February 19, 2005
Went with friends to see Constantine last night. At first I thought this would be a movie about how one man maintained an empire by declaring a state religion (See Council of Nicaea). Then, after seeing the first preview I thought it was a sequel to The Devil's Advocate. Not by a longshot.
In this comic book turned big screen production, Keanu Reeves plays John Constantine, a premier demon hunter who has a few demons in his own closet. It seems that God and Lucifer made a bet one time, in the beginning, to see which one could harvest the most souls on earth. Angels and Demons could influence mankind from their respective lairs, but could not actively cross over into the world. Earth is, however, filled with half-angels and half-demons, the latter of which Constanine has made it his life's ambition to deport back to Hell when they break the rules. Rachel Weisz playes Angela Dobson (as well as her identical twin, Isabel), a cop with a bit of a talent of discovering the bad guys, more than she realizes.
The movie is rife with Catholic symbolism and supports so much Catholic dogma I wouldn't be surprised if it were partially funded by the Catholic church. Friends with whom I went to see the movie also believe that there were subconscious suggestions about homosexuality being evil. I didn't quite see it, but maybe I've become anesthetized to those subliminal suggestions. When Constantine descends into the demon bar, there is a pair of lesbians (I think it's a man and a woman) fondling each other, clearly of demonic nature... and when Lucifer himself appears he seems just a tad too desirous of Keanu's character. Sorry guys, no gay man would be caught dead wearing that much white or leave his face with that many blemishes, especially one with the resources that Lucifer has. The King of the Underworld is undoubtedly a hetero, and needs a date with Queer Eye for the Straight Incarnation of Evil.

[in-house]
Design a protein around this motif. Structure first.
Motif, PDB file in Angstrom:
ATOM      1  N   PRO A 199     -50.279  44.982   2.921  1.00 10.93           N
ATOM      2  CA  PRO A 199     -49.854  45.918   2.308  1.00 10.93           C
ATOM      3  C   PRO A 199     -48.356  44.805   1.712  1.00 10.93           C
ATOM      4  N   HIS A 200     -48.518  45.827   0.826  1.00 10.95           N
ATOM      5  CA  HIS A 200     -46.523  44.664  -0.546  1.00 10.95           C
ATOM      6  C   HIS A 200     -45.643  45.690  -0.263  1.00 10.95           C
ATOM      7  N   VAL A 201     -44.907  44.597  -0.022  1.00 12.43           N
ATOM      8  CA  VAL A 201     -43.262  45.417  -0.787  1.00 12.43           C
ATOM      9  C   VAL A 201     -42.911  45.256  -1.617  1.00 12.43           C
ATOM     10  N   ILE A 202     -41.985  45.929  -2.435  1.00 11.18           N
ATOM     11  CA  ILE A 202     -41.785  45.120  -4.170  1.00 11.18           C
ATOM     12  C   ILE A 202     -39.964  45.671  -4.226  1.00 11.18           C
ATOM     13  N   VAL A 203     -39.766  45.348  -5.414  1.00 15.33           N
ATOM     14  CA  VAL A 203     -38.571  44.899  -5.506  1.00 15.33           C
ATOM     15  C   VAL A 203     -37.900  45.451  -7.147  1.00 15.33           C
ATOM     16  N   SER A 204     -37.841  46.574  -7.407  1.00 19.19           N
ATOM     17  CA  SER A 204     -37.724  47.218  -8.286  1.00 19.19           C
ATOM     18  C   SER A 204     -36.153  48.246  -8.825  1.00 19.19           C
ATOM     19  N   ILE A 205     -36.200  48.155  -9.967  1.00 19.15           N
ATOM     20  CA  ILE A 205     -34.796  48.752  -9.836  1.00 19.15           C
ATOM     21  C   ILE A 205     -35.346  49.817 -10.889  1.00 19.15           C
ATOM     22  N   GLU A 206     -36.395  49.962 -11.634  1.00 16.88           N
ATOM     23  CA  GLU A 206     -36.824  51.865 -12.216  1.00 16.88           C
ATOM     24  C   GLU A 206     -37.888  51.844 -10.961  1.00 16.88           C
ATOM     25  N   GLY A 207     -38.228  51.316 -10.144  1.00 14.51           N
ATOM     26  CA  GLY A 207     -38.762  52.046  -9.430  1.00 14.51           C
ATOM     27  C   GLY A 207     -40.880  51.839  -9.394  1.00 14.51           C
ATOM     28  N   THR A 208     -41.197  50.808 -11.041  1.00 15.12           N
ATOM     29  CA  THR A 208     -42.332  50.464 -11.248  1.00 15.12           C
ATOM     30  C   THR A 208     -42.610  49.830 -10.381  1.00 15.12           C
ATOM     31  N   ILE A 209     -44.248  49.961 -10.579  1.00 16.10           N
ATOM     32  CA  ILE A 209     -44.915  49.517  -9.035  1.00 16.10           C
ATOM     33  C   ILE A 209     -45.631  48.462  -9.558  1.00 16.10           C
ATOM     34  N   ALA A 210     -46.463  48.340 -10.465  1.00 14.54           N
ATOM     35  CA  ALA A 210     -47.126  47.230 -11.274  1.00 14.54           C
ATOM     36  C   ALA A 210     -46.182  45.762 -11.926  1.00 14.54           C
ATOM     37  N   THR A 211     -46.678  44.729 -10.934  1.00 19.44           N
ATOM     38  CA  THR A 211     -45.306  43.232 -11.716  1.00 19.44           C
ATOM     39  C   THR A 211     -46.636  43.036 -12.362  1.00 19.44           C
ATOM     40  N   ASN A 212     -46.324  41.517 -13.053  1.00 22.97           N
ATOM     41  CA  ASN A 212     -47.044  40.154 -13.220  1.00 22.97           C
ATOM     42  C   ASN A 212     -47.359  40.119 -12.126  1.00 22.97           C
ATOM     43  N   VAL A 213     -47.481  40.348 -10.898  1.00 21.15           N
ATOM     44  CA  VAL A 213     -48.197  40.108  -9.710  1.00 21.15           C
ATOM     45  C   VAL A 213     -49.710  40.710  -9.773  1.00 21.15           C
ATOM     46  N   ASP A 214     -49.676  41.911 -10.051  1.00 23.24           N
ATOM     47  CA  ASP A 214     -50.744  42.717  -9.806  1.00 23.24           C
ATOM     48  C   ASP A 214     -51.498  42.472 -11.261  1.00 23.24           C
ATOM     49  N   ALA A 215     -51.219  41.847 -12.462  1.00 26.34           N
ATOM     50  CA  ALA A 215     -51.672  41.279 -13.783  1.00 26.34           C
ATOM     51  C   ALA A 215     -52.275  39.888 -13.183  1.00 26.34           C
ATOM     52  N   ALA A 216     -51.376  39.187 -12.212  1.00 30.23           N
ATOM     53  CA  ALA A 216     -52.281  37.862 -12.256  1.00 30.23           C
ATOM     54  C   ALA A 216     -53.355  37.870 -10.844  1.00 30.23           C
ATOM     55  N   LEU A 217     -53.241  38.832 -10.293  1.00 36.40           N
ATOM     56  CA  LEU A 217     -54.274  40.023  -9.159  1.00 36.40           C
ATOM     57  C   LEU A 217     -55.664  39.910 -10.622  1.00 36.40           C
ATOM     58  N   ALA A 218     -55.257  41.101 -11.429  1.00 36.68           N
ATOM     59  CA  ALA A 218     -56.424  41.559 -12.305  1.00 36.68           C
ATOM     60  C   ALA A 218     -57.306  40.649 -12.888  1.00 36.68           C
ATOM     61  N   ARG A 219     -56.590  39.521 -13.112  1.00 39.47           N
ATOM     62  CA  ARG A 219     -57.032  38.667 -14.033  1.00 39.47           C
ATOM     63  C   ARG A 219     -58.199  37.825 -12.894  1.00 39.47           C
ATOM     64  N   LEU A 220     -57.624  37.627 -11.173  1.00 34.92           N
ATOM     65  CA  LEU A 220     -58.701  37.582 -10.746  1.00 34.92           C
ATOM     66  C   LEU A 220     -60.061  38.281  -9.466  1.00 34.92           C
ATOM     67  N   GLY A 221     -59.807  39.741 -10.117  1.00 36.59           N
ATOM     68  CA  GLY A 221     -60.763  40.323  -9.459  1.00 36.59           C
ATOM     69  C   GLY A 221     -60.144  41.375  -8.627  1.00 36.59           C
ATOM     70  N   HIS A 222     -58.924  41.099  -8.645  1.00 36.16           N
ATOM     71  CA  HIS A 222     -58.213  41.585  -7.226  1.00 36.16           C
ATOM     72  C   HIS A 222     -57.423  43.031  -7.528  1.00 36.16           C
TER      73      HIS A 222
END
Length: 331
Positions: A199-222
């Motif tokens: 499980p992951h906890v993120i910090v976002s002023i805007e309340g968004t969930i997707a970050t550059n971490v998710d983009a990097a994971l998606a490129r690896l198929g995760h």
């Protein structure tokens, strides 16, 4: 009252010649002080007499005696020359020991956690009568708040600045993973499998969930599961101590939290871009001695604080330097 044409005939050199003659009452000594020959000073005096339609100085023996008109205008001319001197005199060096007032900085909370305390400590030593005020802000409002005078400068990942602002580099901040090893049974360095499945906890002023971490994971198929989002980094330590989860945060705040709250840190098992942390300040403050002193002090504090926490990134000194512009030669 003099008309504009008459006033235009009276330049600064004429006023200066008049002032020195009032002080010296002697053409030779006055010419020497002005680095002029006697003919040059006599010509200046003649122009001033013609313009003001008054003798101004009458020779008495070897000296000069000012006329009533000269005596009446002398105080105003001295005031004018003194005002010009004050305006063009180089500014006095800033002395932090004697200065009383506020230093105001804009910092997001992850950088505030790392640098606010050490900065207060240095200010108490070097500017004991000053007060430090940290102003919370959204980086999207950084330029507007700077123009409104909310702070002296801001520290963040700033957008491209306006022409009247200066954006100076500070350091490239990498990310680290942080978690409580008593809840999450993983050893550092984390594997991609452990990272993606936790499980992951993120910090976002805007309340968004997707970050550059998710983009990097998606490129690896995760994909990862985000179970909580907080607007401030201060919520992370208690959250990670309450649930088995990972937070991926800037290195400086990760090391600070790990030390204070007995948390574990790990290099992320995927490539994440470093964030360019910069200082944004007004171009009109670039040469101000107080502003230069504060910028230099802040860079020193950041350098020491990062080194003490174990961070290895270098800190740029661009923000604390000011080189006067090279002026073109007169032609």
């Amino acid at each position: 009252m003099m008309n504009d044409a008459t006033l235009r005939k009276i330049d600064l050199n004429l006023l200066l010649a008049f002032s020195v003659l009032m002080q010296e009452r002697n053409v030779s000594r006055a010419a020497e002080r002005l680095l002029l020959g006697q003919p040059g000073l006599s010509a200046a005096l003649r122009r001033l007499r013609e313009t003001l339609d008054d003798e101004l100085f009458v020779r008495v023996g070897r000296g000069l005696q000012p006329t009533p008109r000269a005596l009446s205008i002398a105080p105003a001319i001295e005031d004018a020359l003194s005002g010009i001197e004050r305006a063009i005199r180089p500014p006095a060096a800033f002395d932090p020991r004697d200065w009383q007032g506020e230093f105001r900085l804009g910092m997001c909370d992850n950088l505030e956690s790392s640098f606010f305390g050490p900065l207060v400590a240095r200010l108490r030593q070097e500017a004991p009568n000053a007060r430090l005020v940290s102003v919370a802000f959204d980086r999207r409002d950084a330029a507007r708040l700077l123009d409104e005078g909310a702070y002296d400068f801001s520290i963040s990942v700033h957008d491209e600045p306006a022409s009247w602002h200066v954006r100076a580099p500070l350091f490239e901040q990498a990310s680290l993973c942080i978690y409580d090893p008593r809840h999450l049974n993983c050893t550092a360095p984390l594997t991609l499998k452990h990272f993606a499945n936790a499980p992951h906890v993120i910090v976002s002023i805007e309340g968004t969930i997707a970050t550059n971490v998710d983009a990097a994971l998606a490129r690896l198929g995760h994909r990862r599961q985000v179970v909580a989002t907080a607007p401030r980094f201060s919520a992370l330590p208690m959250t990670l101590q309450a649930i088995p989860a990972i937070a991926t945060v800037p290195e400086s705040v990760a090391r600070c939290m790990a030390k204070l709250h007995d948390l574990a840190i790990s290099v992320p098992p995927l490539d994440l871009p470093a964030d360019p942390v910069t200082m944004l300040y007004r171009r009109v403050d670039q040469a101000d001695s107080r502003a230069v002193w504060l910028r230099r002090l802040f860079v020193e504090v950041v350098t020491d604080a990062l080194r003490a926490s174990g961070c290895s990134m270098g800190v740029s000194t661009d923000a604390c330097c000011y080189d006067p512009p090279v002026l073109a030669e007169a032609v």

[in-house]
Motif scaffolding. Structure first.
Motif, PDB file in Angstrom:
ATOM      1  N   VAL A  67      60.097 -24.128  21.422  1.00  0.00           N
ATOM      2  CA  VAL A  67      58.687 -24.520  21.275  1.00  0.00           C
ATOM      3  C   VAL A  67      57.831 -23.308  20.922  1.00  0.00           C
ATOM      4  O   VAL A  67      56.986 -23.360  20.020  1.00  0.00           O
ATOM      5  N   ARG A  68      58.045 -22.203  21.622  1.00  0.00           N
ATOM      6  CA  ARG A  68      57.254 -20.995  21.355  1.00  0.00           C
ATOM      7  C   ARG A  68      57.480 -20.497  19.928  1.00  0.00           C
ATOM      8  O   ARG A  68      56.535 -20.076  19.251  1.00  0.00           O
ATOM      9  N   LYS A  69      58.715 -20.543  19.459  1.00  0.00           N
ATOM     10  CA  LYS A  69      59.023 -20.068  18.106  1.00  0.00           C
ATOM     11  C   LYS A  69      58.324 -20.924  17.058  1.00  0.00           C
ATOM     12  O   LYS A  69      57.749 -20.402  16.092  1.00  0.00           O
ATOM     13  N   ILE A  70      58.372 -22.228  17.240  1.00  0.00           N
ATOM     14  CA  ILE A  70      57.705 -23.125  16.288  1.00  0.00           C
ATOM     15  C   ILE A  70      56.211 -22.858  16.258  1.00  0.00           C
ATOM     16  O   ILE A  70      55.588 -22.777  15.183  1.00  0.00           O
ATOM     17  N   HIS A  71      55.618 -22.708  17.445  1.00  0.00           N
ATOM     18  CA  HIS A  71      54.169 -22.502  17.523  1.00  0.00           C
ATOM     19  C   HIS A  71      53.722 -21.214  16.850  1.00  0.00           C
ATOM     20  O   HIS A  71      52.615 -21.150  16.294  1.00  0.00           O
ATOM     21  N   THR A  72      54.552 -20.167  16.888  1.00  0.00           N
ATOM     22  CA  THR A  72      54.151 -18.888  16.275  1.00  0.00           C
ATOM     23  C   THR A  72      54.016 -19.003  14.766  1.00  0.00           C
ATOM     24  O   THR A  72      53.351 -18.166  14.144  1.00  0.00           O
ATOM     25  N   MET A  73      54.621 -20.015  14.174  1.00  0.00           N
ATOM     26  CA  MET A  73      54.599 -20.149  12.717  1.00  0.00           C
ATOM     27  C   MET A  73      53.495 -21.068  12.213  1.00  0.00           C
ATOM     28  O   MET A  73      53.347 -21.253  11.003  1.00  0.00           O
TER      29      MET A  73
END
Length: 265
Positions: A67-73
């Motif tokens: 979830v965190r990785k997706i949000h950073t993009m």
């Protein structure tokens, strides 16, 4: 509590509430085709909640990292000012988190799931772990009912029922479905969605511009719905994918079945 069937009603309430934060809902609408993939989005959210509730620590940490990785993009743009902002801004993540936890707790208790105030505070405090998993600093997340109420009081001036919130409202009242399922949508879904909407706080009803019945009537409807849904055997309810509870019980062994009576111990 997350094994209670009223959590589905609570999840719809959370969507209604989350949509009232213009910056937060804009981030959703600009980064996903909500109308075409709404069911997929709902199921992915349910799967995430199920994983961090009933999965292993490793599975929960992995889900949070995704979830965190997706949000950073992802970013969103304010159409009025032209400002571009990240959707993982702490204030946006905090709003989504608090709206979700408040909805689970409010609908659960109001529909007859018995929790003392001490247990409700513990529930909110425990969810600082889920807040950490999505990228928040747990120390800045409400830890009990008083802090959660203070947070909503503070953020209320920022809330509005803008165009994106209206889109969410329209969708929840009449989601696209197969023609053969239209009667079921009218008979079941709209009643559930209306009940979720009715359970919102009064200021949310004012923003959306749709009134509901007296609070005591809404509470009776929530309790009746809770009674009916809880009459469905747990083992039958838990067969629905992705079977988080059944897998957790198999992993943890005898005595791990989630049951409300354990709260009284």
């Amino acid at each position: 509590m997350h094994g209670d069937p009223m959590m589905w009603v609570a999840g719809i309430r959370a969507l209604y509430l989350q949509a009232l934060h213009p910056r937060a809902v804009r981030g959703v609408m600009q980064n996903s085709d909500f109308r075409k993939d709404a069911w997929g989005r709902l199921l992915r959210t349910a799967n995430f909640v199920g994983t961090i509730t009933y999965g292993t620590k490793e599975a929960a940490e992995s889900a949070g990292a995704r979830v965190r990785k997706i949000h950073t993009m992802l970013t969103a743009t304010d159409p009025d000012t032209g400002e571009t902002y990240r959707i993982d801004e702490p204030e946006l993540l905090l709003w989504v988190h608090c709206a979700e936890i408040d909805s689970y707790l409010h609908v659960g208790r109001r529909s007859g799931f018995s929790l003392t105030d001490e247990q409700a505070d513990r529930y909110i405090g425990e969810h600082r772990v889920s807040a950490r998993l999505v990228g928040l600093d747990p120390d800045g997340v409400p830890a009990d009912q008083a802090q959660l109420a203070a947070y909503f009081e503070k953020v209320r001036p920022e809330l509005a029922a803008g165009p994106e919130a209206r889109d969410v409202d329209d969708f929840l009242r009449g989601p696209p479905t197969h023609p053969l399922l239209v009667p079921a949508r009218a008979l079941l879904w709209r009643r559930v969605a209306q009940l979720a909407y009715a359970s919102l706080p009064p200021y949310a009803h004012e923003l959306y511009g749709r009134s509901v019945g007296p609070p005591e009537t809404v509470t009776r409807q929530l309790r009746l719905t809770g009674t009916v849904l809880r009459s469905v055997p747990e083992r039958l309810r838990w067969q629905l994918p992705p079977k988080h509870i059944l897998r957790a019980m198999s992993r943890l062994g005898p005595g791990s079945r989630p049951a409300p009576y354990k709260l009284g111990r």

Shia LaBeouf, with whom I've been impressed in other movies, leaves a lot to be desired as a Constantine's sidekick. I have the feeling scenes of Shia were cut, too. The boy is there in the beginning and at the end. SPOILER AHEAD--Read no further if you intend to be surprised: It's the first time I've seen Shia perform a death scene. Needs work.
Tilda Swinton is absolutely fabulous in yet another androgynous role as the Angel (half-Angel?) Gabriel. Tilda made her mark playing a man who wakes up one day in the Eighteenth Century as a woman in 1992's Orlando, so she's already done some impressive gender-fuck roles. A commendable part.
Another character I was charmed with was the overweight, drunken priest, Father Hennessy, played by Pruitt Taylor Vince. I recognized Vince from his psychotic, multiple personality serial killer role in Identity a couple of years ago. This fellow will be going places, and will certainly pick up many future dramatic parts calling for overweight, psychotic, serial killer, and mentally disabled alcoholics! Larry Drake, watch out!
The movie was entertaining, and worth the $8.50 it cost me to see it at Las Olas Riverwalk, even though it remained predictable and left no surprises. The special effects were awesome!
Posted by Bastique at February 19, 2005 5:10 PM
Thanks Cary, I was wondering about that film. I think I'll wait to rent it on DVD.
A. the A.
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Posted by: Alberto at December 26, 2005 11:12 PM